YES, I have ridden the Unicorn: The Ubuntu Utopic unicorn

And no, you don't have to be a virgin. Linux fancier joke here

Ubuntu 14.10, nicknamed Utopic Unicorn, is coming in just a few months. Alpha releases have been available for some time but beta testing started last week, meaning code is generally stable enough for virtual machines and other testing scenarios.

Ubuntu's current release cycle means that the main Ubuntu line usually sits out the first beta and 14.10 is no exception. There is no beta 1 for Ubuntu 14.10; instead this beta consists of a number of participating "flavors," whose betas are also now available.

If you've never tried anything but Ubuntu, the first 14.10 beta releases make a good time to test alternate waters - especially if you're concerned about your privacy.

Unlike the Unity desktop, which sends your search data to Canonical for matching with Amazon search returns, other flavors of Ubuntu have no such features.

The alternative flavors of Ubuntu include the Xfce-based Xubuntu, the KDE-based Kubuntu, the LDXE-based Lubuntu, GNOME-based Ubuntu GNOME and soon perhaps a Mate-based Ubuntu. There is already a MATE-based version of Ubuntu available, though it hasn't been approved or endorsed by Canonical. That will likely change by the next release if the developers are able to meet Canonical's guidelines for recognition.

Keep in mind that all of these flavors share the same Ubuntu underpinnings - a Debian-based core with the same familiar apt-get package system and access to all the same .deb resources in the Ubuntu community. The primary difference comes down to desktop environment.

Xubuntu

Xubuntu ships with a relatively heavy weight version of the Xfce desktop that includes pretty much everything, the kitchen sink and the Ubuntu Software Center. The first beta version of Xubuntu 14.10 doesn’t pack any huge changes, but does have some changes in progress including a few things that will also benefit Debian Xfce users as well.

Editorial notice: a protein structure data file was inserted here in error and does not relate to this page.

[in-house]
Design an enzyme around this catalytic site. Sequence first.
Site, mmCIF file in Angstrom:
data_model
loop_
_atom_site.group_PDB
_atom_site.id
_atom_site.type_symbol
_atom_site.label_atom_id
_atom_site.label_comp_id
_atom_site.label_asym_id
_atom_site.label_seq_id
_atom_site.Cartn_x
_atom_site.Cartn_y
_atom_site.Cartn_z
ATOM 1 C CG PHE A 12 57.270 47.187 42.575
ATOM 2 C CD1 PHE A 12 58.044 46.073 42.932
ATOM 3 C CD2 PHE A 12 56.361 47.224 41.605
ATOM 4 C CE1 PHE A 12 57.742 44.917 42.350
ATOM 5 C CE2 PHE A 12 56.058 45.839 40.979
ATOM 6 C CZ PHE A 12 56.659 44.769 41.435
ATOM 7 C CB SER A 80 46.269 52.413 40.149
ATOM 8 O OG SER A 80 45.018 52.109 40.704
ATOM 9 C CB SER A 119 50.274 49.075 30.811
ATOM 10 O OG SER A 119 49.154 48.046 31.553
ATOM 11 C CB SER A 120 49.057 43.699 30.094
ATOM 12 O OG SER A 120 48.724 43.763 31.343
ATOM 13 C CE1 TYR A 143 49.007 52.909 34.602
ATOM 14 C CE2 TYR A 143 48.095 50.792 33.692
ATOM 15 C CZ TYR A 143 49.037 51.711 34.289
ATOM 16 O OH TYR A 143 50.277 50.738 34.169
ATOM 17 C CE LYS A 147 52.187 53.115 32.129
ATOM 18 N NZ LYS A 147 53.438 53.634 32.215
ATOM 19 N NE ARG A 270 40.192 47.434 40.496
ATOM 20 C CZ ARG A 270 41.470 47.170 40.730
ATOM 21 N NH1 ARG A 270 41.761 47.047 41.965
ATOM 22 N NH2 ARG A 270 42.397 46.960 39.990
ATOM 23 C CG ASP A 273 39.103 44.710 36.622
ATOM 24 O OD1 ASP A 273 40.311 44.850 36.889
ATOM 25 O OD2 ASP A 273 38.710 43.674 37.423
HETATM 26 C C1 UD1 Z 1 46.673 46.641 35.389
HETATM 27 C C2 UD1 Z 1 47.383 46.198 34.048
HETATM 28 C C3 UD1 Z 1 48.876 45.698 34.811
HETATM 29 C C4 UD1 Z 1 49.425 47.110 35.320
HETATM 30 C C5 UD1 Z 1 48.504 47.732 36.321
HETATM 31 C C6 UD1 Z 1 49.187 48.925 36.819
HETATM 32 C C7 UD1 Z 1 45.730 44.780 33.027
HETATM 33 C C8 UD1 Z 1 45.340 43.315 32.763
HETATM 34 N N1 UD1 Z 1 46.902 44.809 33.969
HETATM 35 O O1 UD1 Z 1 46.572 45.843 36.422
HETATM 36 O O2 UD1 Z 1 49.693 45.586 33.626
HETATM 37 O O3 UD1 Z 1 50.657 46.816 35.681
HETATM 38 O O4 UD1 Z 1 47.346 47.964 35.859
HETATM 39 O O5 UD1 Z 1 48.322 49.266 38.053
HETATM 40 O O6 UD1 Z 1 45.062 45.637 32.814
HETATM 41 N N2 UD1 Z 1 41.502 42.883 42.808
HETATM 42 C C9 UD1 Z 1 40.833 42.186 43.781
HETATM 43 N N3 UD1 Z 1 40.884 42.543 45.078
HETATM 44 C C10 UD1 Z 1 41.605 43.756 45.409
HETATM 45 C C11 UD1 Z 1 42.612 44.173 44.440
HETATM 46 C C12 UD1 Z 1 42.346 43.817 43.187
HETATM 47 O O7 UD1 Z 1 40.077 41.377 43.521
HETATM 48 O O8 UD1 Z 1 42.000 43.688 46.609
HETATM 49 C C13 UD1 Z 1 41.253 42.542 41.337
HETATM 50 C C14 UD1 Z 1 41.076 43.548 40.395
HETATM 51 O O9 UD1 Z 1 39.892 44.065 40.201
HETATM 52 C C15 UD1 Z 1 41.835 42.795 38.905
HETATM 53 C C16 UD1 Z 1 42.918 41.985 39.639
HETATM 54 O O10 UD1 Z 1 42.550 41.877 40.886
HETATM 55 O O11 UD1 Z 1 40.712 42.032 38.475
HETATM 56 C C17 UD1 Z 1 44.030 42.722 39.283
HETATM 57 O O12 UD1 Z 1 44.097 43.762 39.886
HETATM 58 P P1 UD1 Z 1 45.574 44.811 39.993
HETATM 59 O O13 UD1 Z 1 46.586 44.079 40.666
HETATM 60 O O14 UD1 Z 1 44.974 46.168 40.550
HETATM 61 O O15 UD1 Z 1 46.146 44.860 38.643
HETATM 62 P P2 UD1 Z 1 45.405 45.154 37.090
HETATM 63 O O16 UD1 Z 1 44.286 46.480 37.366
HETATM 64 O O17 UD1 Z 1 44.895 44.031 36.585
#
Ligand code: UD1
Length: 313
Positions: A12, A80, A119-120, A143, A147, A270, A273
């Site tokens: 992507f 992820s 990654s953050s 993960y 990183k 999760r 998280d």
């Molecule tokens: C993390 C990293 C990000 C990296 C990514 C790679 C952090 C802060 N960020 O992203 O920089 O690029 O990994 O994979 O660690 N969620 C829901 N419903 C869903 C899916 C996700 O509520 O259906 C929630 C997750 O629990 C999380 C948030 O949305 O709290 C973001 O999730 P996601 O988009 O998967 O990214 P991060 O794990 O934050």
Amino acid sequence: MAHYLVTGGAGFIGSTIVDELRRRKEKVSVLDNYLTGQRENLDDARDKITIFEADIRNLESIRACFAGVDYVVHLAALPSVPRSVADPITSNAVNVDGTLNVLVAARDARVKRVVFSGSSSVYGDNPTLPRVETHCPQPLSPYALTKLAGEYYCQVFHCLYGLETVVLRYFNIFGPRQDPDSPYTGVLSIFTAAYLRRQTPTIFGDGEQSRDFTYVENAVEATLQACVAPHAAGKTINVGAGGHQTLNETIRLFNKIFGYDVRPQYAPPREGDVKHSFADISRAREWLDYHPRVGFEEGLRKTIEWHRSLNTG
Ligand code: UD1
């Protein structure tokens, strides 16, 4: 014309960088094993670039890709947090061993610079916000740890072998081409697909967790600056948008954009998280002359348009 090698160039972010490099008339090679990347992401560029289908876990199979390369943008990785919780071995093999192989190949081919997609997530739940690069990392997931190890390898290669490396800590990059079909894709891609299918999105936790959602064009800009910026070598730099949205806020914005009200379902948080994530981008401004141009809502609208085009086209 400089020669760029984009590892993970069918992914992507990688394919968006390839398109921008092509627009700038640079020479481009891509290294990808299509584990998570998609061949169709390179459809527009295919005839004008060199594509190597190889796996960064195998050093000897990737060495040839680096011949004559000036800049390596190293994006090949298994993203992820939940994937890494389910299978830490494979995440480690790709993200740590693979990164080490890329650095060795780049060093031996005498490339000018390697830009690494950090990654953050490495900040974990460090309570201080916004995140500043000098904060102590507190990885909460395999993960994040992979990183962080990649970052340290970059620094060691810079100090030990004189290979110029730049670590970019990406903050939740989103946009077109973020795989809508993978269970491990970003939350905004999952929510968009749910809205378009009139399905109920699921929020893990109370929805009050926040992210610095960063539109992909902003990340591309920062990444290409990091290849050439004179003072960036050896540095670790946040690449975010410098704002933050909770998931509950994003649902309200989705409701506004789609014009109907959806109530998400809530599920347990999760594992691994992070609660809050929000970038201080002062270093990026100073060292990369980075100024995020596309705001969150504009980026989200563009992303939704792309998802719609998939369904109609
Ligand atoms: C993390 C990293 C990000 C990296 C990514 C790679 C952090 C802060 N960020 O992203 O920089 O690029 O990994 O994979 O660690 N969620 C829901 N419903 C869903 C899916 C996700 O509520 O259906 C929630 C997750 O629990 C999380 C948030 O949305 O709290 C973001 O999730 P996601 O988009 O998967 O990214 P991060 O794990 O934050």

This release sees some new tools under the hood, including a new display manager dialog that supports drag and drop, Gtk3.12-based themes and a new "minimal" install option that might mean Xubuntu doesn't have to be a heavweight version of Xfce.

Ubuntu Software Center and the kitchen sink, in Xubuntu (click to enlarge to full size)

14.10 has a revamped power manager as well, which can now control the keyboard-backlight, though I haven't able to get this working properly yet.

Xubuntu appears to have dropped XChat since it is no longer being maintained. Pidgin can still connect to IRC, though heavy IRC users will no doubt like a better IRC client. Fortunately there are plenty in the Ubuntu repos.

Kubuntu

Kubuntu doesn't heavily customize the KDE experience, which makes sense given that part of what's appealing about KDE for many users is the level of customizability. There's no sense over-customizing a desktop that most people are going to tweak themselves.

If you love Ubuntu for the Software Center, Kubuntu might disappoint. Kubuntu uses Muon for GUI package management, which lacks some of the hand holding that made the Ubuntu Software Center friendly to beginners.

Kubuntu doesn’t make any major changes in this release, but it will offer some incremental updates to the core system - KDE 4.14 forms the base - as well as updates for all the pre-installed KDE apps.

The KDE developers are hard at work on KDE Frameworks 5 and the Plasma 5 Desktop, but sadly you won't find it in Kubuntu just yet. That's probably a good thing given Plasma 5 still has some bugs and missing features. Still, once you've used Plasma 5 it’s hard to go back to the much more garish 4.x line.

If you would like to play with the recently released KDE Plasma 5 desktop there are downloads available. Keep in mind, though, that both Kubuntu 14.10 and KDE 5 are very much works in progress and there will likely be some bugs. Recommended for testing purposes or satisfying your curiosity about the future of KDE, but not day-to-day use at this point.

Lubuntu

Lubuntu is the simplest, least resource-intensive version of Ubuntu you're likely to find. Lubuntu features the minimalist LXDE desktop, which combines Openbox, PCMan File Manager and a handful of other tools for a power-sipping, battery-loving desktop that's perfect for older hardware - particularly laptops.

A power-friendly Ubuntu in the form of Lubuntu (click to enlarge to full size)

Lubuntu is coming off its first ever LTS release in the form of Lubuntu 14.04. Having just spent all its effort putting out the stablest possible release, many were hoping Lubuntu would use 14.10 to make the leap from LXDE to the new Qt-based LXQt.

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